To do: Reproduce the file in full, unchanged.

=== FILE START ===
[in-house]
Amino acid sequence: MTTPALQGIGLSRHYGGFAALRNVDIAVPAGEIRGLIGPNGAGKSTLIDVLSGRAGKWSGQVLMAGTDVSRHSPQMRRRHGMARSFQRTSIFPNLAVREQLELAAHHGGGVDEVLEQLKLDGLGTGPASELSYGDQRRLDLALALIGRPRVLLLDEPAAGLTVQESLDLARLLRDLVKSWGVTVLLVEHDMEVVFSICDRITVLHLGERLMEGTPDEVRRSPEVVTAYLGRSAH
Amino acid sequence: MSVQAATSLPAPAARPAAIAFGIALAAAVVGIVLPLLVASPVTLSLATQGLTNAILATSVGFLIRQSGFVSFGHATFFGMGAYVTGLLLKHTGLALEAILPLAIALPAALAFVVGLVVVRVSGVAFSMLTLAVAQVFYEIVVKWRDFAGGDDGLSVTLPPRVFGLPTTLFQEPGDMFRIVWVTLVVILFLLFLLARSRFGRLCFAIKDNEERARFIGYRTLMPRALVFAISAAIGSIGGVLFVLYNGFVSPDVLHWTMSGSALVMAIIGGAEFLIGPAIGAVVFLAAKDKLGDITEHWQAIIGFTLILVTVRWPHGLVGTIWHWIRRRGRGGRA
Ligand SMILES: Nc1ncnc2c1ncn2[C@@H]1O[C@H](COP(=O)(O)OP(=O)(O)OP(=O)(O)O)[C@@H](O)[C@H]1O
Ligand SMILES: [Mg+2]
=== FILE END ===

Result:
[in-house]
Amino acid sequence: MTTPALQGIGLSRHYGGFAALRNVDIAVPAGEIRGLIGPNGAGKSTLIDVLSGRAGKWSGQVLMAGTDVSRHSPQMRRRHGMARSFQRTSIFPNLAVREQLELAAHHGGGVDEVLEQLKLDGLGTGPASELSYGDQRRLDLALALIGRPRVLLLDEPAAGLTVQESLDLARLLRDLVKSWGVTVLLVEHDMEVVFSICDRITVLHLGERLMEGTPDEVRRSPEVVTAYLGRSAH
Amino acid sequence: MSVQAATSLPAPAARPAAIAFGIALAAAVVGIVLPLLVASPVTLSLATQGLTNAILATSVGFLIRQSGFVSFGHATFFGMGAYVTGLLLKHTGLALEAILPLAIALPAALAFVVGLVVVRVSGVAFSMLTLAVAQVFYEIVVKWRDFAGGDDGLSVTLPPRVFGLPTTLFQEPGDMFRIVWVTLVVILFLLFLLARSRFGRLCFAIKDNEERARFIGYRTLMPRALVFAISAAIGSIGGVLFVLYNGFVSPDVLHWTMSGSALVMAIIGGAEFLIGPAIGAVVFLAAKDKLGDITEHWQAIIGFTLILVTVRWPHGLVGTIWHWIRRRGRGGRA
Ligand SMILES: Nc1ncnc2c1ncn2[C@@H]1O[C@H](COP(=O)(O)OP(=O)(O)OP(=O)(O)O)[C@@H](O)[C@H]1O
Ligand SMILES: [Mg+2]